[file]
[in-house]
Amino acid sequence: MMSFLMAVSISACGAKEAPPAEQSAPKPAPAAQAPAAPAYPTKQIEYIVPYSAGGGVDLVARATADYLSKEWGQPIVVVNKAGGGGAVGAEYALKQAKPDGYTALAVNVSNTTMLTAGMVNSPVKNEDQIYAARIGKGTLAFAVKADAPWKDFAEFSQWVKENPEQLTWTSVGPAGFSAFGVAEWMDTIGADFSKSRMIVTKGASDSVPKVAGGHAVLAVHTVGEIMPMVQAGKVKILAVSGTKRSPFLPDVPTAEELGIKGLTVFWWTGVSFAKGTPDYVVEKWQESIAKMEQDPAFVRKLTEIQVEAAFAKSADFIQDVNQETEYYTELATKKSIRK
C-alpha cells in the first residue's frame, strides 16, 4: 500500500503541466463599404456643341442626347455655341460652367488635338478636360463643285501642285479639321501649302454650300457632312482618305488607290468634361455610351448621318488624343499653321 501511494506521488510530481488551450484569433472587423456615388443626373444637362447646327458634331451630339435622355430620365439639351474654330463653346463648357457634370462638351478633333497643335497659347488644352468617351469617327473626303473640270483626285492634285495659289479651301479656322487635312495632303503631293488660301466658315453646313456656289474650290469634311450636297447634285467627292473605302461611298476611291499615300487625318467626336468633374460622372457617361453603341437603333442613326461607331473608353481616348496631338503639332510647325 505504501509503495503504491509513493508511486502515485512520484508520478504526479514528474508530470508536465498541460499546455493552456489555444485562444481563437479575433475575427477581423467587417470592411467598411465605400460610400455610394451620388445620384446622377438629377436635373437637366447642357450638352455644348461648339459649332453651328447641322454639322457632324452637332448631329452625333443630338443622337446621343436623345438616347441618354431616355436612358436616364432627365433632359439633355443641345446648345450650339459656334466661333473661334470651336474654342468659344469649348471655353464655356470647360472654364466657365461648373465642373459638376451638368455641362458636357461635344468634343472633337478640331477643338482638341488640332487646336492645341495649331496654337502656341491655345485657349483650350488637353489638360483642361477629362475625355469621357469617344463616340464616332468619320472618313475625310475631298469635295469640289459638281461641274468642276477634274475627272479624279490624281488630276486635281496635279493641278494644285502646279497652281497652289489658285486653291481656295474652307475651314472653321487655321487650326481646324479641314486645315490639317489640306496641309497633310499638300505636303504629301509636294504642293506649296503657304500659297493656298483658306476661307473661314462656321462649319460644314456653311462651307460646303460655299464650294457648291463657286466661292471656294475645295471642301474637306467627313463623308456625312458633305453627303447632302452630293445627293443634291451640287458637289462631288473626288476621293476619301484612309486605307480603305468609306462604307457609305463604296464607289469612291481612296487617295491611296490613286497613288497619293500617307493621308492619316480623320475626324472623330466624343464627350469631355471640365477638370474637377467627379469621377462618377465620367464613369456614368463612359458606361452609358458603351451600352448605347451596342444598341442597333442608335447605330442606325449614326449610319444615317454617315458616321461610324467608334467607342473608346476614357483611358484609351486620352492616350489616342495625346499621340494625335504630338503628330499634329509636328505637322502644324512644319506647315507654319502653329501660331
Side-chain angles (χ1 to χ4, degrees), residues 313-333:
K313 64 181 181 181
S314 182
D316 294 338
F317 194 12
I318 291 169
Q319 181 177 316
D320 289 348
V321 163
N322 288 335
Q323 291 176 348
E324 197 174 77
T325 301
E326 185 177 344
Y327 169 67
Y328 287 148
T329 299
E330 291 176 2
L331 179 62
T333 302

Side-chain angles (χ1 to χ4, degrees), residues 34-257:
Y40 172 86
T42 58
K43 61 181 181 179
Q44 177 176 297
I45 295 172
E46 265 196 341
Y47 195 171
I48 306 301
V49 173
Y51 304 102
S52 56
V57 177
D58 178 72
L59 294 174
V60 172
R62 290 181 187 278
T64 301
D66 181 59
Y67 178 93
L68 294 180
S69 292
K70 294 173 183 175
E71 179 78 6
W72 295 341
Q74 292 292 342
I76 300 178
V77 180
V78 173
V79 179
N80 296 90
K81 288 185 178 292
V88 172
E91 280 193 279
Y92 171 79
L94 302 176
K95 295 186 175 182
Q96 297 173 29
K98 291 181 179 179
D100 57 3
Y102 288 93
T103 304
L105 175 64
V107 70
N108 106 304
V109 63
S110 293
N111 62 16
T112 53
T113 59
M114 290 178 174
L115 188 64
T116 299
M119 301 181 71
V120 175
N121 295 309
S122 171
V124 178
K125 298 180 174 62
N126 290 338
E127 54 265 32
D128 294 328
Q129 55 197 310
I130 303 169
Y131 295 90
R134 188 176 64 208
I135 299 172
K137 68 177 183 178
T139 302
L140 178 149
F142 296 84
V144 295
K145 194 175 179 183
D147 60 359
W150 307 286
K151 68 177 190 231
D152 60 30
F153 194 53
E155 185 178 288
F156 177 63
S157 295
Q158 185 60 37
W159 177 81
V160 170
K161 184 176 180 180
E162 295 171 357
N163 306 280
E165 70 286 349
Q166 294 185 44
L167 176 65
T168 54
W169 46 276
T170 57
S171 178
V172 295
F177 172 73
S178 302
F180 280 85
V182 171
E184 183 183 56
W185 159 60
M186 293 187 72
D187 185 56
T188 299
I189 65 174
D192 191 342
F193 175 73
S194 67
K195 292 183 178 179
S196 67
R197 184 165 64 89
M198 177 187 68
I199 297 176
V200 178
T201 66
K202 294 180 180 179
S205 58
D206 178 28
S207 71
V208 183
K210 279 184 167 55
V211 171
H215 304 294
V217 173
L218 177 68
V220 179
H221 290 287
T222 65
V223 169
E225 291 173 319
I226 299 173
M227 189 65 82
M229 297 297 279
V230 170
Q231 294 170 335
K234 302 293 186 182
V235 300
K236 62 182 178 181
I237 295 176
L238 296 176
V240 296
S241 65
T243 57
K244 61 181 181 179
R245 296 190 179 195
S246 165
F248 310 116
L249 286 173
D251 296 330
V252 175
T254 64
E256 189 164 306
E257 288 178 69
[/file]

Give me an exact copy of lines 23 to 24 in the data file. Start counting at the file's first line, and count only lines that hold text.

T333 302

Side-chain angles (χ1 to χ4, degrees), residues 34-257: